When most people hear the words “landscape architecture,” an image of a team of men with rakes and leaf blowers comes to mind. Few outside the design community may be familiar with the rich theoretical underpinnings of the architectural discipline of landscape design, which are still being formed in architecture schools across the country. Though all designers must solve concrete problems while producing an aesthetically pleasing solution, landscape designers have a particular relationship to the physical reality of the sites they develop. Keeping in mind the topography, climate, flora, and fauna of a site, as well as the engineering requirements for any nearby buildings, roads, or other infrastructure, landscape architects must find a way to accommodate a client’s goals while building a beautiful outdoor environment.
The meadow at Fresh Pond.
For the team at Carol R. Johnson Associates, rehabilitating the Fresh Pond Reservation required an ability to balance aesthetics, biology, engineering, and public opinion. Large portions of the land along the northeast shore of Fresh Pond had been environmentally devastated from being used as a construction staging area—parts of the reservation served as a parking area for construction vehicles and a storage spot for thousands of pounds of dirt. The area serves as an important stop for migrating birds along a path called the Atlantic Flyway—and bird population counts were in serious decline after years of construction and demolition around Fresh Pond. The goal was not only to restore the reservation to a more natural state while providing parkland for the citizens of Cambridge: CRJA also had to design the landscape in such a way that runoff from nearby Concord Avenue could be filtered before reaching the pond.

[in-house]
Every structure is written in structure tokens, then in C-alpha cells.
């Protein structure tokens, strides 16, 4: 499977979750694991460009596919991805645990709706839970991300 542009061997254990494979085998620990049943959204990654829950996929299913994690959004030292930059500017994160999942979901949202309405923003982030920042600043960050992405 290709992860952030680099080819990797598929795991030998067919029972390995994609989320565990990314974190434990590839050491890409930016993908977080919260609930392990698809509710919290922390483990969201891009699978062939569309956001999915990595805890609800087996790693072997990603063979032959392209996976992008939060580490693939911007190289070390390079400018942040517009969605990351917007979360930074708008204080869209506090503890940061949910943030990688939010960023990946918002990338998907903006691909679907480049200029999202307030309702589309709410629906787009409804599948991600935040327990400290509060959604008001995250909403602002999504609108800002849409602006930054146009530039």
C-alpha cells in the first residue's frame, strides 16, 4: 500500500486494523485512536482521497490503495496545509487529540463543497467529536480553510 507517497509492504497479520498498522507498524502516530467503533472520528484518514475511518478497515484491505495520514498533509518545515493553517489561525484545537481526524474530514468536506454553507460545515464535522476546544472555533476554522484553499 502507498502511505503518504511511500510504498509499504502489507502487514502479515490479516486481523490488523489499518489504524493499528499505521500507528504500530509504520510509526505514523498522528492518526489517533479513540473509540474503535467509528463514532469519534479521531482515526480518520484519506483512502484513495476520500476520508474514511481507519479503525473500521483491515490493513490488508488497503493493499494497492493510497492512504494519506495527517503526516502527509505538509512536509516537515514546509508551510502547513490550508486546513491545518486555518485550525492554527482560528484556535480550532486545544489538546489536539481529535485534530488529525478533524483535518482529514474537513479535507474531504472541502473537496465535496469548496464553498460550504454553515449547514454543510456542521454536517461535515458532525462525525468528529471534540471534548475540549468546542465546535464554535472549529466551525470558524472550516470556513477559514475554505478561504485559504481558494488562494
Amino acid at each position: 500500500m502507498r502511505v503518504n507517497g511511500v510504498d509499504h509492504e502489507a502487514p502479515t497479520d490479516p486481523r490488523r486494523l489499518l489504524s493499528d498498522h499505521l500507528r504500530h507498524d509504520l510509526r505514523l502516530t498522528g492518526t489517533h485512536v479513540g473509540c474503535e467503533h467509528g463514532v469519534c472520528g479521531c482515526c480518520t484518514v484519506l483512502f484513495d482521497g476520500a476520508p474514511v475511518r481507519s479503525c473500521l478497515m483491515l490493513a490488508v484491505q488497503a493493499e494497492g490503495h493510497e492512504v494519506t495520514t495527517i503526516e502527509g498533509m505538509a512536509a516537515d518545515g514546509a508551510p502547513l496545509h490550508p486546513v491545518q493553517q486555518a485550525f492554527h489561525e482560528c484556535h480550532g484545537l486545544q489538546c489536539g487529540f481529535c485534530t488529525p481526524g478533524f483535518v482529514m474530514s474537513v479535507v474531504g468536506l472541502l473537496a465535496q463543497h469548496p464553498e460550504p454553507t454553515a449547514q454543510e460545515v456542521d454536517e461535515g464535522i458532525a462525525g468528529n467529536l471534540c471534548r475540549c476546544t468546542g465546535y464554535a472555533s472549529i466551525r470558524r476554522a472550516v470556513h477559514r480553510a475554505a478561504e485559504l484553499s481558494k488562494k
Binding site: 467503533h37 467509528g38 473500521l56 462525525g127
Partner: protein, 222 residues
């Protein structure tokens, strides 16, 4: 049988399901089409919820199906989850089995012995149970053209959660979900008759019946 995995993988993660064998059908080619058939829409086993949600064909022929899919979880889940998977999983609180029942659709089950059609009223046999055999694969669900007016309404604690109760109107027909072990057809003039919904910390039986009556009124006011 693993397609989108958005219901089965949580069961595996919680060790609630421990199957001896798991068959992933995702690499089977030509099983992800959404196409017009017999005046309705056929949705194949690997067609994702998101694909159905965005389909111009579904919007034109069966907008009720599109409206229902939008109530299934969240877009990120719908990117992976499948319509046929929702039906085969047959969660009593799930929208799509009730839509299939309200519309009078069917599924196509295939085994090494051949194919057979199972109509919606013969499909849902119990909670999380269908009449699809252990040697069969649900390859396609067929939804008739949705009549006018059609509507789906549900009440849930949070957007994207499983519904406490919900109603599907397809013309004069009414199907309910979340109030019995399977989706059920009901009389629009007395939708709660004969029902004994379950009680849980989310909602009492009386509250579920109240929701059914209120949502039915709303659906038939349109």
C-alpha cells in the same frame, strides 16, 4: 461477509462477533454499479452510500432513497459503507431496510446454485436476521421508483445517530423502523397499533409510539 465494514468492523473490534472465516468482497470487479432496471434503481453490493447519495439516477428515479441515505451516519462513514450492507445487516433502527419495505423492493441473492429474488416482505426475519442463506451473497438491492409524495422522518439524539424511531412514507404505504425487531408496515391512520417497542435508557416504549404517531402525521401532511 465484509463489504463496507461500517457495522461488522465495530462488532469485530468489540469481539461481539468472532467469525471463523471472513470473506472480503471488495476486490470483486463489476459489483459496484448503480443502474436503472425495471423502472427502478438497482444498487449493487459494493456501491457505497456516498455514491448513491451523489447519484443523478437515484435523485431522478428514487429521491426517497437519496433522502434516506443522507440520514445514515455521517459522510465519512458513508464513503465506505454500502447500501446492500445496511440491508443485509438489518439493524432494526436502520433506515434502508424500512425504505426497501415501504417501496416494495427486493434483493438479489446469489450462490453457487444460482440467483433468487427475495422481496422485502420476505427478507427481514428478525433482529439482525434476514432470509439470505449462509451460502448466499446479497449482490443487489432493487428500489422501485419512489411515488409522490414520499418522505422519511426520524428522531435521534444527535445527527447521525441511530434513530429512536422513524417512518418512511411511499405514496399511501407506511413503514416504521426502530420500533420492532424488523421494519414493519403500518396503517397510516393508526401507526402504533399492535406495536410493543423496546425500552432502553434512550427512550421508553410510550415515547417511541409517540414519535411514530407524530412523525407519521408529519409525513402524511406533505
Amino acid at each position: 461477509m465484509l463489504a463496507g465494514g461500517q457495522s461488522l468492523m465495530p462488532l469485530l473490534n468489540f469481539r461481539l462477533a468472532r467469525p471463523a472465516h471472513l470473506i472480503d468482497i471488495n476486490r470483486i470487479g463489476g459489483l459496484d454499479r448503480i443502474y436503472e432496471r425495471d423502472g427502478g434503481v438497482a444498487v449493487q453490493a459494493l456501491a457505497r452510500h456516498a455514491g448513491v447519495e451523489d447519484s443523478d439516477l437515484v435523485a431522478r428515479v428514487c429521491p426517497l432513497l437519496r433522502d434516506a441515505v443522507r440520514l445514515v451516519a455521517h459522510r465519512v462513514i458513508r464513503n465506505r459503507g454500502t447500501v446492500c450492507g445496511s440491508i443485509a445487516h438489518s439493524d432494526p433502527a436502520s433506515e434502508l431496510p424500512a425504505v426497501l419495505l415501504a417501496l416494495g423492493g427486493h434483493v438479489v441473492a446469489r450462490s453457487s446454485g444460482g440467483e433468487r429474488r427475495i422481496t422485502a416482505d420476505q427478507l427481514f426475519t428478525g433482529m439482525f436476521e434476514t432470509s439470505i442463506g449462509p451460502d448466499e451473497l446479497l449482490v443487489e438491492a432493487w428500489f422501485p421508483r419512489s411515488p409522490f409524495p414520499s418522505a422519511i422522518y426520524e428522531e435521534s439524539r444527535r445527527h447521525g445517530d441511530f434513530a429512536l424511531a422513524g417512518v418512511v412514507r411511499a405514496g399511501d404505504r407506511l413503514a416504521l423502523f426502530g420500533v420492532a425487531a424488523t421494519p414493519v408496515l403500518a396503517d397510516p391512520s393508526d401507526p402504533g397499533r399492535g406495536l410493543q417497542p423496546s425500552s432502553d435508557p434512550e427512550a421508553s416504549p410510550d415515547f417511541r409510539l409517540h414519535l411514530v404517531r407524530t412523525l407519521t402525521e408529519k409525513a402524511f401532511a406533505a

“The client for the reservation is the Cambridge Water Department, who manages the drinking water,” said CRJA’s John Amodeo. “So even though most people consider Fresh Pond Reservation a park, what it really is is a buffer between the developed city and the reservoir. It just so happens that it also serves as a public amenity for recreation.”
After years of research, planning, and construction, CRJA and the other consultants who worked on the project created a soccer field, community garden, hiking trails, and a parking lot, as well as a wetland and meadows tucked away inside the 25 acre plot. With such a varied program, Amodeo and his colleagues had to negotiate with a number of parties, all with different priorities. For many members of the community, the focus was on recreation—aesthetics, not to mention water filtration and wildlife, were not always at the forefront of the conversation.